A prolific Filipino writer in the field of Public Administration Dr. Jose Leveriza puts it this way:
“The reality of the situation shows that the authority of a public administrator can no longer be exercised purely by the strength of the law vested upon himself, but it requires the acceptance and support of those being governed. A government official cannot fulfill his responsibilities without winning the loyalty and support not only of his own organization, but also of his external environment.”
This nation seeks the cooperation of its citizens, the likes of you is the least expected to just abandon the call of our motherland.
We, who hold this passion for love of our Nation, must accept the challenge. We must embrace the opportunities available here on our motherland, to be at the head of new enterprises. We must lead the generation as we enter the new dawn our Nation will soon face.
I pray that morally upright men and women will get elected in the coming election. I also have faith that you with the grace of our God will be the most enlightened and trustworthy in practicing the duties of a Filipino citizen, considering the training in the Christian perspective that you possess.
The age of computer science has arrived; it is already an established fact of our daily life. The ability to operate a computer will soon be the measure of literacy. No field in the physical science is further than the reach of today’s high technology. These developments we have will radically change and alter the lifestyle of the Filipino people which includes their social values.
The concepts of ethnic loyalties, religion, nationalism and the solidarity of the family will be challenged and perhaps modified. These are the issues and concerned citizens like us must address. These are the issues that will test not just our convictions but more of our faith. We will soon find ourselves making very difficult choices and decisions.
If you despair hearing these realities, then I have faith on your spiritual moorings. I am counting on you to provide the leadership for the generation that is to come. To Christian educational institutionswhether Protestant or Catholic, I call upon you to build up your value-immersion subject even as they revise and modernize the assorted curricula in the physical sciences.
Our fellow Filipinos, although great believers of democracy, are not great believers in its tedious process. They are impatient for quick results, quick progress and quick change. Our democratic institution often fails us, sometimes we tend to think to change the entire institution but the real problem is the anchor of our institution not the institution itself.
We must keep in mind that the enduring and lasting institutions of the human race are those that have been anchored on moral values and on an unshakable faith.
To the Christian Filipino, let us take with us the challenge. Let us serve something greater than ourselves, let us think of our beloved Philippines, let us think of this world and exert every effort to change it for the better and spell the differences in our short lifetime.
SO HELP US GOD.
There was a day when i can say that I will be alright, but im not alright today. There was a time when i could find myself very near to you, but now You seem so far from me. I walked out the door of your prescence and entered a stone cold harsh world that promised me that ill be ok. I remembered that I left you waiting for me to come home.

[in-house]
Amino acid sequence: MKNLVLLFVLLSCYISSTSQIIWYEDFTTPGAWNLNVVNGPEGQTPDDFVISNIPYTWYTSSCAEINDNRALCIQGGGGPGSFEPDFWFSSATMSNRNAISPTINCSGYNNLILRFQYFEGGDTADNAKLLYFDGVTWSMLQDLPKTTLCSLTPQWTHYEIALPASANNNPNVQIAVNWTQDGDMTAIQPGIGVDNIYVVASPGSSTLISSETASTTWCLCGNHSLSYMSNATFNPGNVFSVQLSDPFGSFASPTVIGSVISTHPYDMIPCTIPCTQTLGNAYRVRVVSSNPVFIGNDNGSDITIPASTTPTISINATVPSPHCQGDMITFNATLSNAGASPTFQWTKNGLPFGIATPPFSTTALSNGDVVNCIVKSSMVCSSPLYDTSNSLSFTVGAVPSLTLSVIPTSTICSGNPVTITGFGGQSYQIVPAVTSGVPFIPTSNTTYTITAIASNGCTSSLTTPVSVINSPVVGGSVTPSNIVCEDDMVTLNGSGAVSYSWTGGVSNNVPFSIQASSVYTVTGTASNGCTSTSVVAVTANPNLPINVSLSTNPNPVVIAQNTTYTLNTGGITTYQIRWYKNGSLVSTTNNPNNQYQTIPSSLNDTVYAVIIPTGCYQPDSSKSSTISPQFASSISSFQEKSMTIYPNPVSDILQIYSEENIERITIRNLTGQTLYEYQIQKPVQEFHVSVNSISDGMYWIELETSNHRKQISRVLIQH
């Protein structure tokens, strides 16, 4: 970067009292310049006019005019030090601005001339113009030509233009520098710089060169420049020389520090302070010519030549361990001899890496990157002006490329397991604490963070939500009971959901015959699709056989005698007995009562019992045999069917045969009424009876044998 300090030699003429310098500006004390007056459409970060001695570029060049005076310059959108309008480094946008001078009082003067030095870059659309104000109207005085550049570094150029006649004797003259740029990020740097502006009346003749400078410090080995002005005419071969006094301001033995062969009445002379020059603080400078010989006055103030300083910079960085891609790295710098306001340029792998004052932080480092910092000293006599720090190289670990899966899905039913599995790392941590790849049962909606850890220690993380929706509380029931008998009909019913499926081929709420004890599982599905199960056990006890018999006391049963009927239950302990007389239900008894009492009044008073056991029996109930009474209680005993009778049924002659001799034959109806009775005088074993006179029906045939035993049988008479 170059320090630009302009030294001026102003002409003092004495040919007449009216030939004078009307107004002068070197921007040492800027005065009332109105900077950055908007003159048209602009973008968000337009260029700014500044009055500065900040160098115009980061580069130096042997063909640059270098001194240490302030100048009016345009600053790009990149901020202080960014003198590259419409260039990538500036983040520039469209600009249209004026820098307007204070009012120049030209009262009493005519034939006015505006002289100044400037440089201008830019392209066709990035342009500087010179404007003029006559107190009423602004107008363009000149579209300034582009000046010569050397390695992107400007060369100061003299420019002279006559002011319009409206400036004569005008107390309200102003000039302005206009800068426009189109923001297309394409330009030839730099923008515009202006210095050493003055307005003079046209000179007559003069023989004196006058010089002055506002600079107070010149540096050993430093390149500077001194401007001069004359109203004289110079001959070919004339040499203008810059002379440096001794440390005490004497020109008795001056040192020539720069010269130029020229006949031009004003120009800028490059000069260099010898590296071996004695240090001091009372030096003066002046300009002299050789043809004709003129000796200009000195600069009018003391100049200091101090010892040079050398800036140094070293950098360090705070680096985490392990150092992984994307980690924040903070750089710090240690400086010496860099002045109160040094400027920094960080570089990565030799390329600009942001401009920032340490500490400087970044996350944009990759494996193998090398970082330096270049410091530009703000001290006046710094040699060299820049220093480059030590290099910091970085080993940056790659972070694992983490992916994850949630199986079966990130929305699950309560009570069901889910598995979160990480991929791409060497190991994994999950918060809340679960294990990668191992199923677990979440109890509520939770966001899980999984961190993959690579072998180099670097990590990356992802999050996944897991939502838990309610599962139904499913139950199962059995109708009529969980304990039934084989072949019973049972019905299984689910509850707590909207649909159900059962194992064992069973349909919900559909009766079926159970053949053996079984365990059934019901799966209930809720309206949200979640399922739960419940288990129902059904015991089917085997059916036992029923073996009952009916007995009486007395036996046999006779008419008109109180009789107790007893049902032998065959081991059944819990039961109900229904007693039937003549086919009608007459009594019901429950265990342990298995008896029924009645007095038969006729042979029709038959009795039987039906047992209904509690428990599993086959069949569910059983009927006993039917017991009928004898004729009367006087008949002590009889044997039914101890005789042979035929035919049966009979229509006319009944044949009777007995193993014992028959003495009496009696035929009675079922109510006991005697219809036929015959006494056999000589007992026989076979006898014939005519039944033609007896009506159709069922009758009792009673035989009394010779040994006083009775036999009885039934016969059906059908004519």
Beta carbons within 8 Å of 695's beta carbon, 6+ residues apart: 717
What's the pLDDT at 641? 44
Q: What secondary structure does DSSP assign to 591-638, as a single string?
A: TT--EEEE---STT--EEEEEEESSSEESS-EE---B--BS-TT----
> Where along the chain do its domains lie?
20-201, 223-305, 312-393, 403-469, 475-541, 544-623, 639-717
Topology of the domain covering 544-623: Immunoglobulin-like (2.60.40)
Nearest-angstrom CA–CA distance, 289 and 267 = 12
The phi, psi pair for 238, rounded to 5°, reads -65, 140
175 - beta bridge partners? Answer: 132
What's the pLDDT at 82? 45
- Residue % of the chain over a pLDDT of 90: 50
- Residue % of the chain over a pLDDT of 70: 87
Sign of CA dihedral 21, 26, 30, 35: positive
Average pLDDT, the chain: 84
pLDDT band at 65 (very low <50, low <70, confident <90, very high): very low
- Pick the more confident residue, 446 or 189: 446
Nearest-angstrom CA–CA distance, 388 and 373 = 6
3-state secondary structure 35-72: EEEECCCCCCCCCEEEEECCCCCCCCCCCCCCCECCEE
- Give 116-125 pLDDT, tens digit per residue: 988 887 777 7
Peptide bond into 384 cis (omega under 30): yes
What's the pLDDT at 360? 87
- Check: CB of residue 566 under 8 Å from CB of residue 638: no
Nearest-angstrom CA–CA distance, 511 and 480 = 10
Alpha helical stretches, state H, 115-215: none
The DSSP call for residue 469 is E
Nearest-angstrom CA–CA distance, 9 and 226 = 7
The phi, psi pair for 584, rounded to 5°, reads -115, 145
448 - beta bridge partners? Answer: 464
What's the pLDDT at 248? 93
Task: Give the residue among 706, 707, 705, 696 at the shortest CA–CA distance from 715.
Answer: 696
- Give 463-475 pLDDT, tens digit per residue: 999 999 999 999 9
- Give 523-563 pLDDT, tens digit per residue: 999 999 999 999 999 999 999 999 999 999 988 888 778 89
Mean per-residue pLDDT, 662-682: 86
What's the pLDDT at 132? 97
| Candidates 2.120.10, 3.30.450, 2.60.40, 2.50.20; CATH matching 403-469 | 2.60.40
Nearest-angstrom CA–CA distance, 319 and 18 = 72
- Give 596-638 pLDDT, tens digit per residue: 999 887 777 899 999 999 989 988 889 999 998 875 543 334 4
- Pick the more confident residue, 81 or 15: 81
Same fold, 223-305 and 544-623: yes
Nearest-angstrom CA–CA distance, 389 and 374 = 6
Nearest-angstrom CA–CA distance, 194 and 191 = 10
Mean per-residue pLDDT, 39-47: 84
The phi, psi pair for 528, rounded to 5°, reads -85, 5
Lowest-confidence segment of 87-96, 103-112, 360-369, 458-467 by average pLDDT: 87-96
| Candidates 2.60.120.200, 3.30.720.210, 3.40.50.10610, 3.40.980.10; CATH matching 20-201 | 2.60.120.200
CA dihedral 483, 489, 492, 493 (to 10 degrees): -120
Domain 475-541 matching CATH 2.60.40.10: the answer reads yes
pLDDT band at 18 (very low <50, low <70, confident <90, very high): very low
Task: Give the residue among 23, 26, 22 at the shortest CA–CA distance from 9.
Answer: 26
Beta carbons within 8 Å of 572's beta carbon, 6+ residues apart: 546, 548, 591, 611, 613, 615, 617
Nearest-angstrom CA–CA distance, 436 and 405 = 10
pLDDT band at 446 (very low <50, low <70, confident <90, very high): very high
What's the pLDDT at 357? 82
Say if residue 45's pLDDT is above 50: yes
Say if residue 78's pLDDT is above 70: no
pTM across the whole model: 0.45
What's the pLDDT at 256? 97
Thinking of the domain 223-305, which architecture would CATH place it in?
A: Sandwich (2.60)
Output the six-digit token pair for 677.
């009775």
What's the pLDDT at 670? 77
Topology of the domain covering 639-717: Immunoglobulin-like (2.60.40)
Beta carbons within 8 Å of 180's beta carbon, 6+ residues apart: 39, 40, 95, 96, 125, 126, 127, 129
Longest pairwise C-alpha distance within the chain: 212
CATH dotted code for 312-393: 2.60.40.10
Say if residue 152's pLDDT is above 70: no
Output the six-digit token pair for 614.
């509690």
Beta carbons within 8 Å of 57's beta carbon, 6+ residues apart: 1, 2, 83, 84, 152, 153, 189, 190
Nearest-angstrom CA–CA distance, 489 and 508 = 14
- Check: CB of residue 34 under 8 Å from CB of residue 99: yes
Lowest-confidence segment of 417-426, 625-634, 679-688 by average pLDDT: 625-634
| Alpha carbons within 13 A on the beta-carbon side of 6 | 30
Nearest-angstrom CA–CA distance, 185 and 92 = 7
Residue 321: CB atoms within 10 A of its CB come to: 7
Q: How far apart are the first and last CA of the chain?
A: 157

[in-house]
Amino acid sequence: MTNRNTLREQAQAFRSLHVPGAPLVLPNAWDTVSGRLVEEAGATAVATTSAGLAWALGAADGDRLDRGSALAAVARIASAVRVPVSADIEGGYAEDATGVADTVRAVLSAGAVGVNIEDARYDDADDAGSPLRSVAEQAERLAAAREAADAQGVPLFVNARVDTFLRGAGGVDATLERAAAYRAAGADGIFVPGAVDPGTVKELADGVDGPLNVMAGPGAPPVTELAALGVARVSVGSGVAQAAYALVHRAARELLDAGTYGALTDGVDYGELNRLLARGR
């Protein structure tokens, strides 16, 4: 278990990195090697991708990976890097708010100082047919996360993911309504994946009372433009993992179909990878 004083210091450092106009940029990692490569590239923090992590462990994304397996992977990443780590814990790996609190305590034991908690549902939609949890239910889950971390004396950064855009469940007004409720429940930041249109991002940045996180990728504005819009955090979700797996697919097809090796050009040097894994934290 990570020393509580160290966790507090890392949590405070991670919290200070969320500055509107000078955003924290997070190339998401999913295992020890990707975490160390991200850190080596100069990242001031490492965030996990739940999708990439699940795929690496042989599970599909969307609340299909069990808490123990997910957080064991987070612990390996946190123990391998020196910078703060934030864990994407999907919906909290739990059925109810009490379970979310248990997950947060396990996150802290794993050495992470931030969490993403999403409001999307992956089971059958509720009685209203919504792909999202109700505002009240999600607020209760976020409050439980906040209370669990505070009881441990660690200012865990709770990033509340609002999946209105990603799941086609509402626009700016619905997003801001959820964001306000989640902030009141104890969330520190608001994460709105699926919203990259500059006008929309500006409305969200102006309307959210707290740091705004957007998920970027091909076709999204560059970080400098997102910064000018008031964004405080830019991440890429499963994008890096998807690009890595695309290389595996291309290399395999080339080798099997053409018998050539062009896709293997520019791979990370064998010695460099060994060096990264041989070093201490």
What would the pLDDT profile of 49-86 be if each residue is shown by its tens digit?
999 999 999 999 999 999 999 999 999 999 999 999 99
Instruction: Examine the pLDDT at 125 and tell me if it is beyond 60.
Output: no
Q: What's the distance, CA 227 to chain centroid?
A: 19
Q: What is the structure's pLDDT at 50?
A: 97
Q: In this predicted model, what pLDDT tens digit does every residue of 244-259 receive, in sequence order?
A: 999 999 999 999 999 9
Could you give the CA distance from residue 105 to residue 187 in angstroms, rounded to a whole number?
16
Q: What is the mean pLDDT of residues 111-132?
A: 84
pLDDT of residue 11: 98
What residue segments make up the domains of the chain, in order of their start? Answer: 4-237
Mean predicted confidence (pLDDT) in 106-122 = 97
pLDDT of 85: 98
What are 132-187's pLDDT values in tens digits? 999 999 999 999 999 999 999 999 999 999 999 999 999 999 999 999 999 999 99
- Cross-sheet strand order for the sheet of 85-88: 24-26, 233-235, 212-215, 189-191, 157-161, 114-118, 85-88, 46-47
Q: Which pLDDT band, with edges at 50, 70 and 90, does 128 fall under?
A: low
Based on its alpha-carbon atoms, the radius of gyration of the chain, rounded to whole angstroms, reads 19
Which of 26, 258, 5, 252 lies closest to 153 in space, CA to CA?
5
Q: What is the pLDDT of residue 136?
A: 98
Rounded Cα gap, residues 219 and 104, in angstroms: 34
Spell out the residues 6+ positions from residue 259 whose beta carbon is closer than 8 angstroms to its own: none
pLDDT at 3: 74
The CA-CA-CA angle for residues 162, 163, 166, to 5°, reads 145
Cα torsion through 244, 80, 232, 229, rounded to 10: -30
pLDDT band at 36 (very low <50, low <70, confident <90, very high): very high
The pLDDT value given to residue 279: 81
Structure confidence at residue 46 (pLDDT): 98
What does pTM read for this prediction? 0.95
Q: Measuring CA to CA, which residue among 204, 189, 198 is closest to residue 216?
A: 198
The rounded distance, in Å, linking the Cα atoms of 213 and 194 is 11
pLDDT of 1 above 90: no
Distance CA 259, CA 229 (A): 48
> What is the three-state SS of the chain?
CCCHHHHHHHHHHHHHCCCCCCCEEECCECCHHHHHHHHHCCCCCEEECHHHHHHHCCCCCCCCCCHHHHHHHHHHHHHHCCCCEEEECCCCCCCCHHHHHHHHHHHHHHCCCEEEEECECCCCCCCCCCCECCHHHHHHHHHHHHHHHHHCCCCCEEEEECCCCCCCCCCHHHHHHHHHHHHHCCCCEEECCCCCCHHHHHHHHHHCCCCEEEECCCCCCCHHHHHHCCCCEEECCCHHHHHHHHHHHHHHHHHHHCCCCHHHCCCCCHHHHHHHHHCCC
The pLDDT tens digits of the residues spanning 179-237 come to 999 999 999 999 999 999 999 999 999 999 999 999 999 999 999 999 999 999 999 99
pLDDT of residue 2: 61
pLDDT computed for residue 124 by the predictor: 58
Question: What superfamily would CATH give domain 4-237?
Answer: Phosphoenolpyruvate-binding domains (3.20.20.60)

Back then i can find a million excuses, but now I cant speak of any. I know that I have been away, away from the voice that has been calling me and i know that its time to come back.
Now there is no solid ground where my soul can rest, I can't find any truth in all that is happening. It seems that my life is only goin' around and around. My spirit is drowing in lies and phoniness, like waters that closing in and washing on me. Drifting me down and sinking my thoughts on a stormy wheathered sea with a vision of a light up there which I am having a hard time to see and hearing Your voice that calls my name. That is maybe the perfect way to describe the situation of my emotions and spirit.
I want you to put your arms around this life of mine even for a while because I am trying to find a way to deal with this, and i dont know how. I cannot stop the pain and i do not understand the things that i should do. Nothing really seems the same and my world is falling down, oh Lord how can i get through.
Now, I can see myself on thousands of people I encounter either personally or on electronic media. People like me who are alone, lost and left behind. Now I am somehow ashamed that my life is torn apart, but I know in Your name I can once again be complete. Although "holy" men may condemn me I know forgiveness can mend this broken heart of mine.
When I was nowhere, you knew where that was. I never lost my way, and I knew you were the cause. When I was no one, and felt that I will end it right there, you stood behind me. I really never knew that you've cared despite my imperfection.
I come to your arms from where I was in, this time in the spirit of brokeness. You were crucified and was committed to die, Your'e my pride.
You. A being who is specialized if "comebacks," over time made me see that even though I may not be perfect You will never give up on me. Your Love is for my everyday, and I know that your Love is here to stay with me.
Your Love now covers as your river flows all over me again.
by Manuel A. Rodriguez II
As early as my childhood years I can say that I already earned my PhD in Television Watching. I really don’t know until now why during those days I was so fond of facing that magic box even after the cartoons. As a kid I already watch the news, I can say I already had an interest on current events as early as then.